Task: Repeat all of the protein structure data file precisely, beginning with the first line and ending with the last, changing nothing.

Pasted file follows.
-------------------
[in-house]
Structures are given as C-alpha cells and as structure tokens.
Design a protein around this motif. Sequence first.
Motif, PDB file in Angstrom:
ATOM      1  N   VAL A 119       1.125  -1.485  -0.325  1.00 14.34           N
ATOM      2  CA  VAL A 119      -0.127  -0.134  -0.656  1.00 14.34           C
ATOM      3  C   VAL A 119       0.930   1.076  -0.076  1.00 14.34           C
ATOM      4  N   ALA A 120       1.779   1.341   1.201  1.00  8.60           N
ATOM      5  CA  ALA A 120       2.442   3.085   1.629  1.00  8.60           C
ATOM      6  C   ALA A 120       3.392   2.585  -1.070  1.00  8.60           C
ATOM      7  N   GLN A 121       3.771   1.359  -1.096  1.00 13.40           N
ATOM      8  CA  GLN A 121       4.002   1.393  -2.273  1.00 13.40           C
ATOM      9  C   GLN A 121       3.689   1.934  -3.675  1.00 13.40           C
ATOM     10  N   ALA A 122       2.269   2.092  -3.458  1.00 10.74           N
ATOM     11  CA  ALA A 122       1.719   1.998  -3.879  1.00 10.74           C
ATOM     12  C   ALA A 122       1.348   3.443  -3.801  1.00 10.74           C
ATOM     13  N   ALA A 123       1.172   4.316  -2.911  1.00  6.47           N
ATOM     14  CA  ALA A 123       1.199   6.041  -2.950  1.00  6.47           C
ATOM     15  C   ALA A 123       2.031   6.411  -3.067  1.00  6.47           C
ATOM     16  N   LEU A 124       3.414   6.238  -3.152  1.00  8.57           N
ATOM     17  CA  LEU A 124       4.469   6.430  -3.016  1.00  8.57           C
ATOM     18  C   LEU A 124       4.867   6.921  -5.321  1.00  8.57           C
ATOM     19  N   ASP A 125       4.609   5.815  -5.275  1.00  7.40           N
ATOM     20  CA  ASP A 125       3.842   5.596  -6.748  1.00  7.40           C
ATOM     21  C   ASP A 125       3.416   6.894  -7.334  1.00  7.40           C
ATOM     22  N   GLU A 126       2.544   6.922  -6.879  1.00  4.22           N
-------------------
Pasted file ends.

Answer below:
[in-house]
Structures are given as C-alpha cells and as structure tokens.
Design a protein around this motif. Sequence first.
Motif, PDB file in Angstrom:
ATOM      1  N   VAL A 119       1.125  -1.485  -0.325  1.00 14.34           N
ATOM      2  CA  VAL A 119      -0.127  -0.134  -0.656  1.00 14.34           C
ATOM      3  C   VAL A 119       0.930   1.076  -0.076  1.00 14.34           C
ATOM      4  N   ALA A 120       1.779   1.341   1.201  1.00  8.60           N
ATOM      5  CA  ALA A 120       2.442   3.085   1.629  1.00  8.60           C
ATOM      6  C   ALA A 120       3.392   2.585  -1.070  1.00  8.60           C
ATOM      7  N   GLN A 121       3.771   1.359  -1.096  1.00 13.40           N
ATOM      8  CA  GLN A 121       4.002   1.393  -2.273  1.00 13.40           C
ATOM      9  C   GLN A 121       3.689   1.934  -3.675  1.00 13.40           C
ATOM     10  N   ALA A 122       2.269   2.092  -3.458  1.00 10.74           N
ATOM     11  CA  ALA A 122       1.719   1.998  -3.879  1.00 10.74           C
ATOM     12  C   ALA A 122       1.348   3.443  -3.801  1.00 10.74           C
ATOM     13  N   ALA A 123       1.172   4.316  -2.911  1.00  6.47           N
ATOM     14  CA  ALA A 123       1.199   6.041  -2.950  1.00  6.47           C
ATOM     15  C   ALA A 123       2.031   6.411  -3.067  1.00  6.47           C
ATOM     16  N   LEU A 124       3.414   6.238  -3.152  1.00  8.57           N
ATOM     17  CA  LEU A 124       4.469   6.430  -3.016  1.00  8.57           C
ATOM     18  C   LEU A 124       4.867   6.921  -5.321  1.00  8.57           C
ATOM     19  N   ASP A 125       4.609   5.815  -5.275  1.00  7.40           N
ATOM     20  CA  ASP A 125       3.842   5.596  -6.748  1.00  7.40           C
ATOM     21  C   ASP A 125       3.416   6.894  -7.334  1.00  7.40           C
ATOM     22  N   GLU A 126       2.544   6.922  -6.879  1.00  4.22           N